Keeping up with password policies becomes so hard, in fact, that even security teams often neglect them. According to the Ponemon Institute, IT security professionals are not immune to password reuse and sharing nor from accessing workplace apps from personal mobile devices without 2FA.

The hated stash of secrets

Finally, even with the most stringent password policy, security woes won’t go away. Any large store of passwords, if in the wrong hands, can wreak havoc. Organizations must go to great lengths to protect password databases against attackers and meet regulatory demands.

The protection of password databases incurs additional overhead costs of network security, access management, and making sure passwords are hashed and salted in storage to prevent any possible data breach from compromising employee accounts.

Organizations must also make sure their storage and handling of account passwords are in conformance with a constantly changing regulation, which also happens to vary across different jurisdictions. And falling afoul of those regulations can be very costly, to say the least.

The best policy is no policy

Decades of password-based security has proven that users choose convenience over security—unless they have both. And the struggle to find the right password policy that finds the right balance between the two conflicting goals is increasingly proving to be a lost cause.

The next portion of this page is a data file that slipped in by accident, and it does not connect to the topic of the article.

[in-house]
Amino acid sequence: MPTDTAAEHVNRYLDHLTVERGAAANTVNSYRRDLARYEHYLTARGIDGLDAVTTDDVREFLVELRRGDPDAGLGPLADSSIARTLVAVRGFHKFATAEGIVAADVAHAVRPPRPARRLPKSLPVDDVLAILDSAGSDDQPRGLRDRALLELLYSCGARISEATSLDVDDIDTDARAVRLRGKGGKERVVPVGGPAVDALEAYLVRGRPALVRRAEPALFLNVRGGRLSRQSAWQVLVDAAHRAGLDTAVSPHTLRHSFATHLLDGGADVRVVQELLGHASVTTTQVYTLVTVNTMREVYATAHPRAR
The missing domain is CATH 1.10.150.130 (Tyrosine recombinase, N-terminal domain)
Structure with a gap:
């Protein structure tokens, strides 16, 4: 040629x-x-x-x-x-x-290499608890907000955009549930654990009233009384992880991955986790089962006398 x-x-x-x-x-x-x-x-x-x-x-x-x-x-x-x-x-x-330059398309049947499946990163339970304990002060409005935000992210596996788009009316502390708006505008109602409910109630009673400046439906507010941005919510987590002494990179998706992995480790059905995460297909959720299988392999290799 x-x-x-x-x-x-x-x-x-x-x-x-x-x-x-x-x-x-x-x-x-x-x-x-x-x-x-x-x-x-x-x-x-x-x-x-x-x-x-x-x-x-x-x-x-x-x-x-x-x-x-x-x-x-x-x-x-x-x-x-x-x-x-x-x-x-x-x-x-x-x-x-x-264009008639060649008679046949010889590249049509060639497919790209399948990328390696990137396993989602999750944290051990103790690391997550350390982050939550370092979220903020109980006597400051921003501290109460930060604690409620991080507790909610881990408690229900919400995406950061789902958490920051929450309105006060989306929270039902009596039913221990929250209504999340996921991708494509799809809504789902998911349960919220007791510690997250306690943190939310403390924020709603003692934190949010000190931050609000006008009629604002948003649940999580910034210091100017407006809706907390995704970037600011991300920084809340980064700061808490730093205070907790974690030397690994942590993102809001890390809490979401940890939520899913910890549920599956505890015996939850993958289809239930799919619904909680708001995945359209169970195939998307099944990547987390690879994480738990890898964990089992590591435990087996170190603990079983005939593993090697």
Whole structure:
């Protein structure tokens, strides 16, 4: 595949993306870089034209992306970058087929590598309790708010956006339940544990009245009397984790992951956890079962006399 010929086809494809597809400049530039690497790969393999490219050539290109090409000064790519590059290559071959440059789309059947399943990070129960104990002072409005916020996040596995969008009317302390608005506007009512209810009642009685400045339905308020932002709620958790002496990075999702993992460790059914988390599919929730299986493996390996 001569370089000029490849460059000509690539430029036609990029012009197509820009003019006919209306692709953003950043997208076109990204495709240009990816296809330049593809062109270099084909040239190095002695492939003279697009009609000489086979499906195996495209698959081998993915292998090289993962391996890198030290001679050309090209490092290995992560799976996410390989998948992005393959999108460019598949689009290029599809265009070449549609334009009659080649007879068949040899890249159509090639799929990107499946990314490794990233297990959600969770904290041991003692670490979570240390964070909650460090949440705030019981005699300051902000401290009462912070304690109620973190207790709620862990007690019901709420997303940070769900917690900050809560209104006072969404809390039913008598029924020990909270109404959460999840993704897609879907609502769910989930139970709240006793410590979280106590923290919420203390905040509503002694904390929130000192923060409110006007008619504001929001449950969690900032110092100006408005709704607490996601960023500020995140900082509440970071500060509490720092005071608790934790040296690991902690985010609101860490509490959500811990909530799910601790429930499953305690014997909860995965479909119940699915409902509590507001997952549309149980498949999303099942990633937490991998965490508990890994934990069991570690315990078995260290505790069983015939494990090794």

So, what is the best password policy? Odd as it may sound, it’s one that includes no passwords. Passwordless authentication has proven to be the answer to all the woes iterated above. By replacing the old secret-memorizing security scheme with cutting edge technology that is both super secure and easy to use, passwordless authentication redefines the ancient trade off between security and usability and frees employees to do their work, wherever they are.

Shimrit Tzur-David, CTO and Co-Founder, Secret Double Octopus (opens in new tab)

Shimrit holds an MSc and PhD from the Hebrew University in Computer Science. Her research areas primarily focused on PKI, cryptography, anomaly detection, web attacks, DDoS and intrusion detection and prevention systems. During her PhD, Shimrit was a consultant for Check Point and Marvell Semiconductor, and designed an intrusion detection system product there.